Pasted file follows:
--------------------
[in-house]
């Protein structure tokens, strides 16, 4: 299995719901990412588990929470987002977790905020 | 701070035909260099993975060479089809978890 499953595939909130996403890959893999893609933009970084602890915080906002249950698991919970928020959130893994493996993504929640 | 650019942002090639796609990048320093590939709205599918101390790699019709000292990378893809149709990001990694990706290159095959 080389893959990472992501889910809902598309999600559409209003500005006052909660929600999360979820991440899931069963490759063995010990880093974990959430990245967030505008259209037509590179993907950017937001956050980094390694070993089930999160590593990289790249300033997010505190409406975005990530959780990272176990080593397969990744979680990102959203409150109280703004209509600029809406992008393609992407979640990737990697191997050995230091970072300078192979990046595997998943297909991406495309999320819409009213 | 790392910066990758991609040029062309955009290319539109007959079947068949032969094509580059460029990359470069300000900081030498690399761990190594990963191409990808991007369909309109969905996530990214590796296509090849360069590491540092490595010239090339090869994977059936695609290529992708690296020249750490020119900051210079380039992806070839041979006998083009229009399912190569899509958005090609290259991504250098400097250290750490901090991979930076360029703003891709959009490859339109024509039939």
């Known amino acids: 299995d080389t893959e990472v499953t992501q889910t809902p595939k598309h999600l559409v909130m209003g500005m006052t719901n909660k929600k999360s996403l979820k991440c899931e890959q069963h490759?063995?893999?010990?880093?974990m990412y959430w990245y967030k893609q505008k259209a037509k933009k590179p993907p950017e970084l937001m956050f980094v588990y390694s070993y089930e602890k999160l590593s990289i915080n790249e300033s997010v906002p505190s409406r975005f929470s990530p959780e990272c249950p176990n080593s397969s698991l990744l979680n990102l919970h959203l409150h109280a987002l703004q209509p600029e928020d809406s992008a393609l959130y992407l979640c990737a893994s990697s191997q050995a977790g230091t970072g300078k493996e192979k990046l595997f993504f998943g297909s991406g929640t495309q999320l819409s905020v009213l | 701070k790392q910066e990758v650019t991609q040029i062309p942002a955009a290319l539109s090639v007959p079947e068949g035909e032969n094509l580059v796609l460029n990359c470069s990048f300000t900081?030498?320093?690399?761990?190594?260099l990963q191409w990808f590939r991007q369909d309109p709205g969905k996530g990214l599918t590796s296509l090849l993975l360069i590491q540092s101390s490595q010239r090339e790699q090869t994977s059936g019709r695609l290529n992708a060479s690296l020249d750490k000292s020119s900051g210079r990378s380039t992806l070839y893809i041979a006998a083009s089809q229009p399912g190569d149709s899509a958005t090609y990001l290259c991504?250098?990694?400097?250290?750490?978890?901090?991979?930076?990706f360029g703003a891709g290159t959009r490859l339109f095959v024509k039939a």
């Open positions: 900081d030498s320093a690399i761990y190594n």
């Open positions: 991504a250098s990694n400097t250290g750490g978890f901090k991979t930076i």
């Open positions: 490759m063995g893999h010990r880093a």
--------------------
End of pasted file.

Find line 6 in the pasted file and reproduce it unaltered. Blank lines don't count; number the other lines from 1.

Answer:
């Open positions: 490759m063995g893999h010990r880093a």